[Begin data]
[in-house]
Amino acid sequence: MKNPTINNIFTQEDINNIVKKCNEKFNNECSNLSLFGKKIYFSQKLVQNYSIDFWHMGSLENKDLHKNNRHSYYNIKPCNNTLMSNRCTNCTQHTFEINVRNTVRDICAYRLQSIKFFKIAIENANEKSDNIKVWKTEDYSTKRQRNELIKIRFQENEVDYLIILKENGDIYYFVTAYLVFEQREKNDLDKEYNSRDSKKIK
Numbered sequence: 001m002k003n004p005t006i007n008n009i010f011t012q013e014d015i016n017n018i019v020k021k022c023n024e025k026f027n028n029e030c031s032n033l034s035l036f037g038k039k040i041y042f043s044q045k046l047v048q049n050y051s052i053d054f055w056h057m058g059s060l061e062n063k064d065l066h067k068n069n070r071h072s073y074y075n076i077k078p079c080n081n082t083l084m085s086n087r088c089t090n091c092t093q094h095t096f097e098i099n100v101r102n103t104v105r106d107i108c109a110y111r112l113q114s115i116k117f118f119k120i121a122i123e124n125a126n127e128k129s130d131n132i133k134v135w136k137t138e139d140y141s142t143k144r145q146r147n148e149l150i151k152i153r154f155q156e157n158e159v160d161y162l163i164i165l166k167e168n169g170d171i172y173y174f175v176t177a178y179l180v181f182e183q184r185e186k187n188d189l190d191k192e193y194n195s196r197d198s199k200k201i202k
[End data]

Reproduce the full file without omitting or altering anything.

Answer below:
[in-house]
Amino acid sequence: MKNPTINNIFTQEDINNIVKKCNEKFNNECSNLSLFGKKIYFSQKLVQNYSIDFWHMGSLENKDLHKNNRHSYYNIKPCNNTLMSNRCTNCTQHTFEINVRNTVRDICAYRLQSIKFFKIAIENANEKSDNIKVWKTEDYSTKRQRNELIKIRFQENEVDYLIILKENGDIYYFVTAYLVFEQREKNDLDKEYNSRDSKKIK
Numbered sequence: 001m002k003n004p005t006i007n008n009i010f011t012q013e014d015i016n017n018i019v020k021k022c023n024e025k026f027n028n029e030c031s032n033l034s035l036f037g038k039k040i041y042f043s044q045k046l047v048q049n050y051s052i053d054f055w056h057m058g059s060l061e062n063k064d065l066h067k068n069n070r071h072s073y074y075n076i077k078p079c080n081n082t083l084m085s086n087r088c089t090n091c092t093q094h095t096f097e098i099n100v101r102n103t104v105r106d107i108c109a110y111r112l113q114s115i116k117f118f119k120i121a122i123e124n125a126n127e128k129s130d131n132i133k134v135w136k137t138e139d140y141s142t143k144r145q146r147n148e149l150i151k152i153r154f155q156e157n158e159v160d161y162l163i164i165l166k167e168n169g170d171i172y173y174f175v176t177a178y179l180v181f182e183q184r185e186k187n188d189l190d191k192e193y194n195s196r197d198s199k200k201i202k